Make in India - A Success or a Failure?

Make in India, launched by the Central Government in 2014, was more than a mere campaign. It was also an attempt to iron out a crease in the nation's economic history. In retrospect, it aimed to deal with the consequences of transitioning from an agrarian economy to a service-driven one without paying adequate homage to the secondary sector. While the program marks a bold venture to make India a global manufacturing hub staunchly advocating for ‘Vocal for Local’, its report card is often viewed through a lens of deep political mistrust. As Make in India completed its seventh year last September, here is a humble endeavor at assessing the wins and losses along the journey. 

Make in India has its fair share of critics, with their discourse sharpened in the context of the crippling economic slump at the heels of the COVID-induced disruptions over the last 24 months. Viewed objectively, they are not entirely wrong! The program, starting with the aura and the grandeur of an epoch-making initiative, targeted 25 industrial verticals, manifesting the tripartite objectives to boost manufacturing growth at 12-14% per annum, add 100 million manufacturing jobs to the economy by 2022 and elevate the sector's contribution to GDP to 25% by 2025. 

However, the ground realities have deviated from the expectations, as the country has experienced a consistently muted growth in investment with a prominent adverse impact on the manufacturing sector. Further, over the years, the performance of the Index of Industrial Production (IIP) for manufacturing has been less than impressive and owing to the recent slowdowns, there have been substantial job losses in the sector, especially across the Indian MSMEs. The reasons given are multifaceted, ranging from excessive reliance on FDI, overestimation of the Government's implementation capacity, policy paralysis, a blatant lack of competitive advantage, and investment crunch, to the rise of trade protectionism worldwide. There is no denying that problems do persist!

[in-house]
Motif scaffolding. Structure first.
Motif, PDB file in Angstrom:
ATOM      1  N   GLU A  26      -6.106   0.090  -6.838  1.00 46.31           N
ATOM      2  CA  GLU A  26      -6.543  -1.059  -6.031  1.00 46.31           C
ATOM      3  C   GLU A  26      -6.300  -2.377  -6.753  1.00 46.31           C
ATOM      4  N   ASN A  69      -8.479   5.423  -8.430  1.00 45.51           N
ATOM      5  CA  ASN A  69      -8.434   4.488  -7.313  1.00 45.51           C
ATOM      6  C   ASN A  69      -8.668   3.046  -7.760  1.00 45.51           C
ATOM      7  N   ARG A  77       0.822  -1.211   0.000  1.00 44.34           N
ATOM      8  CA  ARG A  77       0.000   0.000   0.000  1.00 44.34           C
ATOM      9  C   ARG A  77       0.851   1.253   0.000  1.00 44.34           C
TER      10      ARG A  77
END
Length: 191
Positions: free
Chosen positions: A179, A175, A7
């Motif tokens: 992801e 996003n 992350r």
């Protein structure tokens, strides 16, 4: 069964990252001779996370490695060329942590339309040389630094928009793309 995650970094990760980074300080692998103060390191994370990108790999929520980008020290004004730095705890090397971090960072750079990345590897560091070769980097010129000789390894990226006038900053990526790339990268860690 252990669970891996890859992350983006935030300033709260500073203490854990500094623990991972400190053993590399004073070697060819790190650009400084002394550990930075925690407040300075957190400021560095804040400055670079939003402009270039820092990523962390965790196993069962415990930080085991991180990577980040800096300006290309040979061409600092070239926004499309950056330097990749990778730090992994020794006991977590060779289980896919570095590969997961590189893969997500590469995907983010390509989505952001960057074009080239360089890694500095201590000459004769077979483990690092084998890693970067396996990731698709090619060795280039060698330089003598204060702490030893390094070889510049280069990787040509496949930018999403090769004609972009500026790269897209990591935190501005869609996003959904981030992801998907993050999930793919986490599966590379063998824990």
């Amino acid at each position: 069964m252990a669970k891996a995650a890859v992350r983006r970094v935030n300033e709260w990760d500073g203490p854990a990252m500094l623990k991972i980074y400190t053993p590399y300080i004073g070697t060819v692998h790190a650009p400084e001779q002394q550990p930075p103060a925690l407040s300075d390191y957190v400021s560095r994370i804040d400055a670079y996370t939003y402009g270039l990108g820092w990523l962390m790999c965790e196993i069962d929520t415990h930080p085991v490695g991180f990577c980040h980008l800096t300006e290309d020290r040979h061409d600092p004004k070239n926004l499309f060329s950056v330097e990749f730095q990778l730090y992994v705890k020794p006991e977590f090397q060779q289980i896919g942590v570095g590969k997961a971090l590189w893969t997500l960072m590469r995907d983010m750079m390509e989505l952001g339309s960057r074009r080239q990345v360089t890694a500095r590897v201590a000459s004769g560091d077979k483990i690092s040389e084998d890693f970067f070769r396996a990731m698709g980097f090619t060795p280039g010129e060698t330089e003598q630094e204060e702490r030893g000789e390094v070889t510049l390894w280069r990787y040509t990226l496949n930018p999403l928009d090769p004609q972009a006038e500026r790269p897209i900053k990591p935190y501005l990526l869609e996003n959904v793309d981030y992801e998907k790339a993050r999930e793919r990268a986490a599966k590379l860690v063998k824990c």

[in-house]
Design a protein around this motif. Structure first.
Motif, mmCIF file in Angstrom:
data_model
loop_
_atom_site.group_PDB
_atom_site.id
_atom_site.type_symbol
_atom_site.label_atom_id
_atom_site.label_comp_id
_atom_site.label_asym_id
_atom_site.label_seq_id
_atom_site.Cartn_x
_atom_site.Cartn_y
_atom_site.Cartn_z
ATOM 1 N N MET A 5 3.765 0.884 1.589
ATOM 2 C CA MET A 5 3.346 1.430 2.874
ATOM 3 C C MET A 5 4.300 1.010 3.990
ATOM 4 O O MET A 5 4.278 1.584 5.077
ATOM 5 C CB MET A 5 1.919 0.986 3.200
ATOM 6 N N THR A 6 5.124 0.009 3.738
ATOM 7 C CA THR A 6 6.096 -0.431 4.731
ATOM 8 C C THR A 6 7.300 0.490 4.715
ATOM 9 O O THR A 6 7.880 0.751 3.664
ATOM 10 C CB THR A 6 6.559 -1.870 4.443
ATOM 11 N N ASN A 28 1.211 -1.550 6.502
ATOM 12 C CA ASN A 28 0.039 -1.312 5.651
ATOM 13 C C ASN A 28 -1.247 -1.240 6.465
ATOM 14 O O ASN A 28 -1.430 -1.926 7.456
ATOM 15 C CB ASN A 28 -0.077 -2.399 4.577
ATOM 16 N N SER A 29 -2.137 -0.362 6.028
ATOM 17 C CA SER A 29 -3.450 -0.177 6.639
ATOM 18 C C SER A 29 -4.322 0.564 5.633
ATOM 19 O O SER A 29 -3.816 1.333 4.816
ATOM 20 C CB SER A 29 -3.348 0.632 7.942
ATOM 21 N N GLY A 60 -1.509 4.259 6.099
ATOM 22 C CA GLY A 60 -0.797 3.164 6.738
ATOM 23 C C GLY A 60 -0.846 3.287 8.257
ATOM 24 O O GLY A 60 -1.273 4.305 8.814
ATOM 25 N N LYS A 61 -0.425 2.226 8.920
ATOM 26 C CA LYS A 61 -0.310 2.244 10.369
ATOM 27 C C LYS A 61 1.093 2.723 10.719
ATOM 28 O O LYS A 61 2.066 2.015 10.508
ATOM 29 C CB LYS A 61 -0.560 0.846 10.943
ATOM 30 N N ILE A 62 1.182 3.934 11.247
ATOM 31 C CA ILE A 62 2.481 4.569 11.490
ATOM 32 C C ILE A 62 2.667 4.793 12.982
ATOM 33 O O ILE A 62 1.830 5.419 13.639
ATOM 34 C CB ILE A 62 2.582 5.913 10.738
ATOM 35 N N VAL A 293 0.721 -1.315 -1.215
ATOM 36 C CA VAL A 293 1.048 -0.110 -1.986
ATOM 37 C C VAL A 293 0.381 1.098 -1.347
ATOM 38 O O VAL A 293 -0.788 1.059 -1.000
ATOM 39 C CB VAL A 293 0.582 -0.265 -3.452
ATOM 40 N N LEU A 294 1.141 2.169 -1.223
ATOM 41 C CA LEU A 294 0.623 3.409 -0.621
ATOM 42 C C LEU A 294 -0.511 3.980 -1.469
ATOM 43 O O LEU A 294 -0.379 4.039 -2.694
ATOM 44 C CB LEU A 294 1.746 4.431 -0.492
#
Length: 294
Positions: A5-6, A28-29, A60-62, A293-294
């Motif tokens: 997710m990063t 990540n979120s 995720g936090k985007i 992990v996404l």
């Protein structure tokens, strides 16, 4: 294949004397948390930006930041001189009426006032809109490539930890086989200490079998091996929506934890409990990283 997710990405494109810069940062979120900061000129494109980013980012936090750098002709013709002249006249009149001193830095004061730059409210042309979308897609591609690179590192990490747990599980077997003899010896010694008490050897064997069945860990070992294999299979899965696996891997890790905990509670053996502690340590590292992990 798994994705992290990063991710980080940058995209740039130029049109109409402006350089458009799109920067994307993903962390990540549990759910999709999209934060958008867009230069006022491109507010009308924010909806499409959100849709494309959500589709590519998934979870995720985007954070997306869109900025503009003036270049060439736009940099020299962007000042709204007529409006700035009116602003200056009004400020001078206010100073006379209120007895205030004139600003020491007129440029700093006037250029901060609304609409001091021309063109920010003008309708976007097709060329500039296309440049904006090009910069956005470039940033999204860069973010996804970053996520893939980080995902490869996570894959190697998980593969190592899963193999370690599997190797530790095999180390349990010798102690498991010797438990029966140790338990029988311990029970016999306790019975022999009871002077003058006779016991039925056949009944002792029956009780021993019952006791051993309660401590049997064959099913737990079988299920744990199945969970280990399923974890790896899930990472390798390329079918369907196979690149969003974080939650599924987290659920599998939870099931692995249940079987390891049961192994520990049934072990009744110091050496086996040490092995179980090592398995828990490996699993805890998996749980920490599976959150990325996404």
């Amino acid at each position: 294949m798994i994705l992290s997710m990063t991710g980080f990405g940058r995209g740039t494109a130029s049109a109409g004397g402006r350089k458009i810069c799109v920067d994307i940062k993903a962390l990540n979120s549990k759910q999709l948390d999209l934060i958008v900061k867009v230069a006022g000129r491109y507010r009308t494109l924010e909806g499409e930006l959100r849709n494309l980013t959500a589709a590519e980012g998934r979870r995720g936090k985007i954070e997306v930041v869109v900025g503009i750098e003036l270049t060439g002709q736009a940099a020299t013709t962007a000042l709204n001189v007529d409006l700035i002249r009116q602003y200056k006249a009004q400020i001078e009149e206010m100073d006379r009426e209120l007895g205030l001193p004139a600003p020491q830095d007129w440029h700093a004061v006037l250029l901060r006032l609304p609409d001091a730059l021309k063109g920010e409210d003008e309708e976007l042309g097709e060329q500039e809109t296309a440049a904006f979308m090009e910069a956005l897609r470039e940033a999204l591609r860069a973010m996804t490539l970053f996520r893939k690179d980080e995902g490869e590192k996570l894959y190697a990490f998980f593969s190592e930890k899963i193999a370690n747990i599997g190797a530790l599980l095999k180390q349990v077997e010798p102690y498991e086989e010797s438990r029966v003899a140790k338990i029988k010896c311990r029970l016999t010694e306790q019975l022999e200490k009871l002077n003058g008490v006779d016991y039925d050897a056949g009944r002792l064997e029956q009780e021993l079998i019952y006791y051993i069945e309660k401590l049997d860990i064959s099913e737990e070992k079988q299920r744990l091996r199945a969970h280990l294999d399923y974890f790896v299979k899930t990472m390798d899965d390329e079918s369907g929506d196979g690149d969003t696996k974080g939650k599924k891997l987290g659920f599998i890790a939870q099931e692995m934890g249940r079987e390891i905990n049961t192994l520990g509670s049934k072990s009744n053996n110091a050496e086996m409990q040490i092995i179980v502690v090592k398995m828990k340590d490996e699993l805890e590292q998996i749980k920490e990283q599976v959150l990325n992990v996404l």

However, this does not falsify the idea behind Make in India, nor does it negate the necessity to build a robust manufacturing base locally if we wish to become a global economic and geopolitical force to reckon with. The call to build an Atma Nirbhar Bharat embodies the hard learnings from the past and during the pandemic. Over the last seven years, the vision to Make in India has paved the pitch to set the ball rolling, albeit slow but at a steady pace. Perhaps the most noticeable outcome of this is the dramatic rise of India in the World Bank's Ease of Doing Business Index, from 142nd in 2014 to 63rd position in 2020 and now with a plan to break into the top 50s. 

It is by no means an isolated incident as India has taken bold strides in opening up a wide array of industries to private investments, including highly conservative ones like the Defense, where currently FDI up to 74% is allowed through Automatic Route and 100% by Government Route. Industries, like Space, are in line with apparent implications for developing a radiant manufacturing ecosystem within India's borders. Here it is pertinent to mention that one of the leading electronics businesses worldwide recently inaugurated its largest mobile phone manufacturing plant in Noida. The company is in the long line of businesses interested in or already opening shops in India. The wave of transition is supported by an unwavering sovereign focus on fostering R&D in national priority areas, with the Budget 2021-22 bringing significant fiscal tailwinds for promoting science, technology, and innovation in the country. As if in recognition of the endeavors, India's first indigenously designed and developed aircraft carrier IAC-1 took to the high seas this year.   

However, Make in India's sustainable and inclusive promotion is a pipe dream without having our 6.3 crore MSMEs on board. To facilitate recovery, GOI has administered definite policy interventions, including upto ₹ 3 lakh crore collateral-free automatic loans for MSMEs to cover the cost of operations and business revival, revision of MSME definition, mandatory domestic sourcing for procurements up to ₹ 200 crores, and cleaning MSME invoices by PSUs within 45 days. These policy measures are further covered by a comprehensive list of schemes tailored for MSMEs. For instance, GOI currently provides upto 80% subsidy in implementing Zero Defect & Zero Effect (ZED) practices in MSME manufacturing as part of Make in India. 

While a one-word answer on the dividends of Make in India remains elusive, it is noteworthy that the country stands resilient, despite the setbacks. Beyond its statistics, the program is an acknowledgment of the economic imperatives and debt to posterity that must be paid, should we hope to claim our position as a global leader.